OPTIONAL: Quickly grab your handheld water mister and carefully spray in your oven to slightly wet the dough. I’ve played with misting and not misting. I find it helps give the dough a little moisture (which, if you recall, is a problem with a home oven: we lose moisture before the pizza is cooked, drying out the crust) at the beginning to rise high and prevent overly drying out the crust. If you do not want to use a handheld mister, by all means, skip this step.

The broiler should still be active at this point, and your dough will get an initial blast of the bottom and top heat. Bake with the broiler on for 1.5-2 minutes until you see the dough slightly color, then switch your oven from Broil back to Bake (at maximum temperature). Bake for an additional minute, then using your pizza peel, carefully rotate your pizza 180º in the oven to even out the baking.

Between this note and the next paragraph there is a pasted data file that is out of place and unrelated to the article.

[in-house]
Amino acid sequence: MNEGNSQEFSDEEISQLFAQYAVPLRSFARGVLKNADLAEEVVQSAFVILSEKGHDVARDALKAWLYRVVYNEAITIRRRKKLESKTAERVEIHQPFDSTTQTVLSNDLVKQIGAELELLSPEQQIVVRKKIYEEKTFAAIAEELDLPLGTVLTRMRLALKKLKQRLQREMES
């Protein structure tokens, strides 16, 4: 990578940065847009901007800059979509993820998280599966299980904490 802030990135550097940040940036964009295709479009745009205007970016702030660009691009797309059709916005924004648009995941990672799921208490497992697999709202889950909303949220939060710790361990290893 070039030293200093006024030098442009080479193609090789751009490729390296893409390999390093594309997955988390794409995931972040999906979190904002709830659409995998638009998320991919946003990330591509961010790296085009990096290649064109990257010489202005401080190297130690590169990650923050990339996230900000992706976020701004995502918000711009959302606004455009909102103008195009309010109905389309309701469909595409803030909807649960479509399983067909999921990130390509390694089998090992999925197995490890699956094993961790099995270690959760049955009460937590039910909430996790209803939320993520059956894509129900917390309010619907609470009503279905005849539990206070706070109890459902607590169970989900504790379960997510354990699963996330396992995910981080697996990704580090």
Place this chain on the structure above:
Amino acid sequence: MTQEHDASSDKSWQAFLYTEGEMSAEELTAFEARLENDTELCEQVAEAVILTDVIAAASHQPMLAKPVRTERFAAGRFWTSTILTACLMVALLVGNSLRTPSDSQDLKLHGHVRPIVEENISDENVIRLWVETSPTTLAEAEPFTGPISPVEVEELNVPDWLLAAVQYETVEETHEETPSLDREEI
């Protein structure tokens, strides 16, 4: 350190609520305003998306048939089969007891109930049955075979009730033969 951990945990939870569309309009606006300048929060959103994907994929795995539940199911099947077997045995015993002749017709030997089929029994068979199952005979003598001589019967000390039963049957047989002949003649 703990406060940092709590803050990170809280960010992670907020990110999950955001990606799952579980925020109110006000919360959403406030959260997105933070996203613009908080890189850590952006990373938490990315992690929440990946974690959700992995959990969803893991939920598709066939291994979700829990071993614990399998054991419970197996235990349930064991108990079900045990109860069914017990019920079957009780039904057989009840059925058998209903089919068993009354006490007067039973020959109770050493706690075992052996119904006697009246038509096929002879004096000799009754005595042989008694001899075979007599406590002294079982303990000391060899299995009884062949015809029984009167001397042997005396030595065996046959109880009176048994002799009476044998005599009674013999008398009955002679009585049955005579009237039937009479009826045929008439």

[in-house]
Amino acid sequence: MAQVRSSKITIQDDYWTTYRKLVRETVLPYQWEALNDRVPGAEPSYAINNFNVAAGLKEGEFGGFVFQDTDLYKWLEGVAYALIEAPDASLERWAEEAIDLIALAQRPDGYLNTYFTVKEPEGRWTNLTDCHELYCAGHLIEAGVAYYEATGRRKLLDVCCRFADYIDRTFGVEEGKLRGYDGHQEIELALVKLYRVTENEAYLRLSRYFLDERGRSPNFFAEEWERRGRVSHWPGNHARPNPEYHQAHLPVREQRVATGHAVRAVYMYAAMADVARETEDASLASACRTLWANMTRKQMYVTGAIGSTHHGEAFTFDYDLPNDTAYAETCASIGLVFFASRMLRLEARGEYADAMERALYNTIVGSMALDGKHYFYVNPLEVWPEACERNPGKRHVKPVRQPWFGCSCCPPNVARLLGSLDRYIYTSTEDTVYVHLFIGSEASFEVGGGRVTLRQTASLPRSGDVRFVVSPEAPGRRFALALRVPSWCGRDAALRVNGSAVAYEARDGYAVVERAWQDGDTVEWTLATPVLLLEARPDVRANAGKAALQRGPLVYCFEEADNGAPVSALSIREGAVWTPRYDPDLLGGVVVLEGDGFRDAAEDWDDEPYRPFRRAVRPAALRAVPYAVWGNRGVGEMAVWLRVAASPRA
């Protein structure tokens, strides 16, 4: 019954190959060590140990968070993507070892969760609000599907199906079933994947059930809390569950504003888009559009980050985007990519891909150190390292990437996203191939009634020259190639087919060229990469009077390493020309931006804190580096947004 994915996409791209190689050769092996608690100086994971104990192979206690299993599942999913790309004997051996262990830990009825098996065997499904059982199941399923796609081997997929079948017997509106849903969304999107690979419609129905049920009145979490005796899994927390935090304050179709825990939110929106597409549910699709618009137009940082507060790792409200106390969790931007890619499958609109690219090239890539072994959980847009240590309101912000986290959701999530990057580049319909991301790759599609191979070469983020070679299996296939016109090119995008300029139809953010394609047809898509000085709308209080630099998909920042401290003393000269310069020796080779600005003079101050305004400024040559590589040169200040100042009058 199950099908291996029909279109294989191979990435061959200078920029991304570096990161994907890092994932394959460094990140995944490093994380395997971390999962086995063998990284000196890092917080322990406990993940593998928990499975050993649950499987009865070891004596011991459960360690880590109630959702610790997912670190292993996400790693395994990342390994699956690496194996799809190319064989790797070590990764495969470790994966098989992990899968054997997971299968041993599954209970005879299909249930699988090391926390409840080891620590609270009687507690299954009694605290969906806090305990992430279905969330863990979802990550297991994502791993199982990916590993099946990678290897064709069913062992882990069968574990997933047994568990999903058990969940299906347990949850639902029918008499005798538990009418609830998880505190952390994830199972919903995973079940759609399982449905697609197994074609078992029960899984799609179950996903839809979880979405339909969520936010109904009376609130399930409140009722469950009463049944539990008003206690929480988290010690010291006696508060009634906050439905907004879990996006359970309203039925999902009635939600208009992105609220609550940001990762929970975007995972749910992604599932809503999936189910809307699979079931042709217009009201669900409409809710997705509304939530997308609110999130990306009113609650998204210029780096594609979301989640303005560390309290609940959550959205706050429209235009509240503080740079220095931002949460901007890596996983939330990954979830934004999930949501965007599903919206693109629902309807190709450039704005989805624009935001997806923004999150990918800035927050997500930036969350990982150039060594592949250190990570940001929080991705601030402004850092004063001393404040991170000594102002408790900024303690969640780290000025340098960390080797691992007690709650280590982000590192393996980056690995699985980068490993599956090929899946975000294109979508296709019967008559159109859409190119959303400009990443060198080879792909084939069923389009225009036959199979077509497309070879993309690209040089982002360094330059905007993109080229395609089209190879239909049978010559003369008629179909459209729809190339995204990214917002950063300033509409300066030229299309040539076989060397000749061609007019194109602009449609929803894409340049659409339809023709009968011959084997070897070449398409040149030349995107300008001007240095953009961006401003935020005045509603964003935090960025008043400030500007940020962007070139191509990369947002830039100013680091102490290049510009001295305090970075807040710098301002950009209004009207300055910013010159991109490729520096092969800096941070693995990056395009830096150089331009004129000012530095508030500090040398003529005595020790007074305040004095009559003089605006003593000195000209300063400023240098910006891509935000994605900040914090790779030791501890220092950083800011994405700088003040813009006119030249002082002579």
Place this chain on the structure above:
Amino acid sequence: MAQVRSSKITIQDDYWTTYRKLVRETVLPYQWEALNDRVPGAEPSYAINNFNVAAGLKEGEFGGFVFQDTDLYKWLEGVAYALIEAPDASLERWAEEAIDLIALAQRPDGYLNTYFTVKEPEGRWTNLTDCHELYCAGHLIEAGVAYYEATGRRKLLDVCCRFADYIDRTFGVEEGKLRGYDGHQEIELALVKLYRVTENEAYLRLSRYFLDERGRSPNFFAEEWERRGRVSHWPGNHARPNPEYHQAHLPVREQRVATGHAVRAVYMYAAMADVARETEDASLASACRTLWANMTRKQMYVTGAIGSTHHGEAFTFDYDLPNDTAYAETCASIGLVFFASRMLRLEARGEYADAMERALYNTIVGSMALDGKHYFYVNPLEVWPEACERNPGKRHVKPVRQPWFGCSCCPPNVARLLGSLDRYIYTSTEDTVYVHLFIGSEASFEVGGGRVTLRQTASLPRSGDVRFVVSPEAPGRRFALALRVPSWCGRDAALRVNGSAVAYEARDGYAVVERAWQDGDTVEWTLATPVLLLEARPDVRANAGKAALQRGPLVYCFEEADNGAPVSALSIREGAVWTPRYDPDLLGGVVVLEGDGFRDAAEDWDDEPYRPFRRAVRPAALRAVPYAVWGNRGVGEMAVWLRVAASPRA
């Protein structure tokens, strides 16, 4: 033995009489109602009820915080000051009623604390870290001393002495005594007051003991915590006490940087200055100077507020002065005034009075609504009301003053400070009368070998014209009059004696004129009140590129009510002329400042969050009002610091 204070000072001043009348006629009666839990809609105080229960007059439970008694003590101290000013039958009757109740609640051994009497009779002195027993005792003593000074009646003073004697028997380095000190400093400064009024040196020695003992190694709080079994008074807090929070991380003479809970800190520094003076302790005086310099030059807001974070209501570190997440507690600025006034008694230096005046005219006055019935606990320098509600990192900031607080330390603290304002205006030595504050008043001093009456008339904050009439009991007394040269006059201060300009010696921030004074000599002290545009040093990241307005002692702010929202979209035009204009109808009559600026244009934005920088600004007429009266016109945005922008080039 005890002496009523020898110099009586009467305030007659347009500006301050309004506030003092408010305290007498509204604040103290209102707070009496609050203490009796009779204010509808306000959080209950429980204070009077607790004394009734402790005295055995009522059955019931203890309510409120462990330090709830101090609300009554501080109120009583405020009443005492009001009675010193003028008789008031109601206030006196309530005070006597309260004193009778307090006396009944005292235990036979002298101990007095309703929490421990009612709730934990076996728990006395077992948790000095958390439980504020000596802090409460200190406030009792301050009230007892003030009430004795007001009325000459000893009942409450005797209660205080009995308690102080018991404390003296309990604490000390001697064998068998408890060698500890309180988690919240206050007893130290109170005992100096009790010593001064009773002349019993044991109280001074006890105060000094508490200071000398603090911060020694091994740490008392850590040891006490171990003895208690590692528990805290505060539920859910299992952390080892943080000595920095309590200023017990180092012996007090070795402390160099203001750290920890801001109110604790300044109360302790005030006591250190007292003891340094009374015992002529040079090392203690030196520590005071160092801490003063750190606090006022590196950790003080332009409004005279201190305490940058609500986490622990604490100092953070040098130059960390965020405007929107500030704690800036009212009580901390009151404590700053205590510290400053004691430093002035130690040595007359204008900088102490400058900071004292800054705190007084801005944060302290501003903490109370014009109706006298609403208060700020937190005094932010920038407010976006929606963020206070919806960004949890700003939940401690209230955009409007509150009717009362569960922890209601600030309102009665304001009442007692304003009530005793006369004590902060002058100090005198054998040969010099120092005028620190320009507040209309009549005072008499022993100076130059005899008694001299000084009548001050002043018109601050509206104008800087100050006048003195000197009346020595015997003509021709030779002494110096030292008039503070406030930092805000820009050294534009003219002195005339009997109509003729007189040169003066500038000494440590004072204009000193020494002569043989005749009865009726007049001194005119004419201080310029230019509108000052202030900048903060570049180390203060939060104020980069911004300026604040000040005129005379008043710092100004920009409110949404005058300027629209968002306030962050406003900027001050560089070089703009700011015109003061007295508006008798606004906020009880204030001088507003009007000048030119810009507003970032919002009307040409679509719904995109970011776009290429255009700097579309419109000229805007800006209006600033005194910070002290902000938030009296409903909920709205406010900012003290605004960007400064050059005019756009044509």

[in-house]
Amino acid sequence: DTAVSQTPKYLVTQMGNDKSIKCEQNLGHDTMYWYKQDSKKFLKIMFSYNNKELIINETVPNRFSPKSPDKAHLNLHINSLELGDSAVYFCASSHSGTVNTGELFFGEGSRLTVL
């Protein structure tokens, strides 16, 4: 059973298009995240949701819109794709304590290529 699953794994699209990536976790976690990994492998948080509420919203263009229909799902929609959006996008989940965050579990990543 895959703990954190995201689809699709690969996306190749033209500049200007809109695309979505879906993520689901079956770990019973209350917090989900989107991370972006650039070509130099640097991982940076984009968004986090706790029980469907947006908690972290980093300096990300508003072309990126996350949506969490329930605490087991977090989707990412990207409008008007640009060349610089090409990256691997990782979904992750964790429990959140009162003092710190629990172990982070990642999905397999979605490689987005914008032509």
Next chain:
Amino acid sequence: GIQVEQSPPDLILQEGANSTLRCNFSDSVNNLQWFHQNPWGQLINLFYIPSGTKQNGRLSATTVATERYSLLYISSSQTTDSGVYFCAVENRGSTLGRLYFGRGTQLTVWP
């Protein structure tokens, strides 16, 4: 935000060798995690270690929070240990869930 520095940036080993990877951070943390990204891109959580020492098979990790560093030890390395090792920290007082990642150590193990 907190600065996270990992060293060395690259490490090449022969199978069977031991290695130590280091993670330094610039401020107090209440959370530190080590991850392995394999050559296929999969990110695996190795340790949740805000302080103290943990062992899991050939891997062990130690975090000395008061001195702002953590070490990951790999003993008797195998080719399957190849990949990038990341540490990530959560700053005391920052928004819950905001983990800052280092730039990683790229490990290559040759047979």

Continue baking until done to your liking. I like to underbake these ever-so-slightly, so they are still very soft. Remove from the oven using your pizza peel and transfer to a plate. Top with remaining items (basil, a little more olive oil, etc.), cut, and serve. Repeat for remaining dough balls.

Here is my overall sourdough pizza dough cooking process:

  1. Take a 290g dough ball out of the fridge and shape out into a disc on parchment paper
  2. Turn oven from Bake setting (hopefully at 550°F (285°C)) to maximum Broiler setting
  3. Top dough disc with toppings
  4. Open the oven and slide in the pizza dough on top of the parchment paper
  5. Quickly spritz all sides of dough with a handheld water mister and then close the oven door
  6. Bake for 1.5 to 2 minutes (broiler should be on)
  7. Turn broiler off and set oven back to Bake at 550°F (285°C)
  8. After 1 minute, rotate the dough 180° using a pizza peel and carefully grabbing the corner of the parchment paper
  9. Bake for an additional 4-5 minutes or until done to your liking

Sourdough Pizza Recipes

Below are a few suggestions for pizzas I make often. I like to top my pizza lightly, using only small amounts cheese and sauce. You’ll see in the recipes below and my images throughout—it’s just my preference.